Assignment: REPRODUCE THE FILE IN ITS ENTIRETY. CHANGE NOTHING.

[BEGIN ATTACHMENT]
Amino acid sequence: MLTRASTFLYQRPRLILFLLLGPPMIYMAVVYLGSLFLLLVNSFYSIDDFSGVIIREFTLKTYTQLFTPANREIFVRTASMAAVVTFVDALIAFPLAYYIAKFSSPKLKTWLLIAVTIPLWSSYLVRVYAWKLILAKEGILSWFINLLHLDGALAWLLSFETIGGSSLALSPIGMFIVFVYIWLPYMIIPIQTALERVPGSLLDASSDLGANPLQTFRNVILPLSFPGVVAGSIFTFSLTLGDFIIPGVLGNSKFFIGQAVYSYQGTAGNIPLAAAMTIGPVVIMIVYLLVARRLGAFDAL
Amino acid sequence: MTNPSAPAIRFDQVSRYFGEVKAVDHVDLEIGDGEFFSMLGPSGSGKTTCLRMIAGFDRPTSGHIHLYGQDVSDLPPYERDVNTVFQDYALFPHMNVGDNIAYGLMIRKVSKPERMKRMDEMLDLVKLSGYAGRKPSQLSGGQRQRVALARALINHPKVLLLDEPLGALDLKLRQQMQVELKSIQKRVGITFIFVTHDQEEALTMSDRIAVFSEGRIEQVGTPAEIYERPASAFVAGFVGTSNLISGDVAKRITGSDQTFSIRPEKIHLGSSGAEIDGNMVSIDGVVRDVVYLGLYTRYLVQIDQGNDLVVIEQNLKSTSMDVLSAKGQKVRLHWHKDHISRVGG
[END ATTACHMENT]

Amino acid sequence: MLTRASTFLYQRPRLILFLLLGPPMIYMAVVYLGSLFLLLVNSFYSIDDFSGVIIREFTLKTYTQLFTPANREIFVRTASMAAVVTFVDALIAFPLAYYIAKFSSPKLKTWLLIAVTIPLWSSYLVRVYAWKLILAKEGILSWFINLLHLDGALAWLLSFETIGGSSLALSPIGMFIVFVYIWLPYMIIPIQTALERVPGSLLDASSDLGANPLQTFRNVILPLSFPGVVAGSIFTFSLTLGDFIIPGVLGNSKFFIGQAVYSYQGTAGNIPLAAAMTIGPVVIMIVYLLVARRLGAFDAL
Amino acid sequence: MTNPSAPAIRFDQVSRYFGEVKAVDHVDLEIGDGEFFSMLGPSGSGKTTCLRMIAGFDRPTSGHIHLYGQDVSDLPPYERDVNTVFQDYALFPHMNVGDNIAYGLMIRKVSKPERMKRMDEMLDLVKLSGYAGRKPSQLSGGQRQRVALARALINHPKVLLLDEPLGALDLKLRQQMQVELKSIQKRVGITFIFVTHDQEEALTMSDRIAVFSEGRIEQVGTPAEIYERPASAFVAGFVGTSNLISGDVAKRITGSDQTFSIRPEKIHLGSSGAEIDGNMVSIDGVVRDVVYLGLYTRYLVQIDQGNDLVVIEQNLKSTSMDVLSAKGQKVRLHWHKDHISRVGG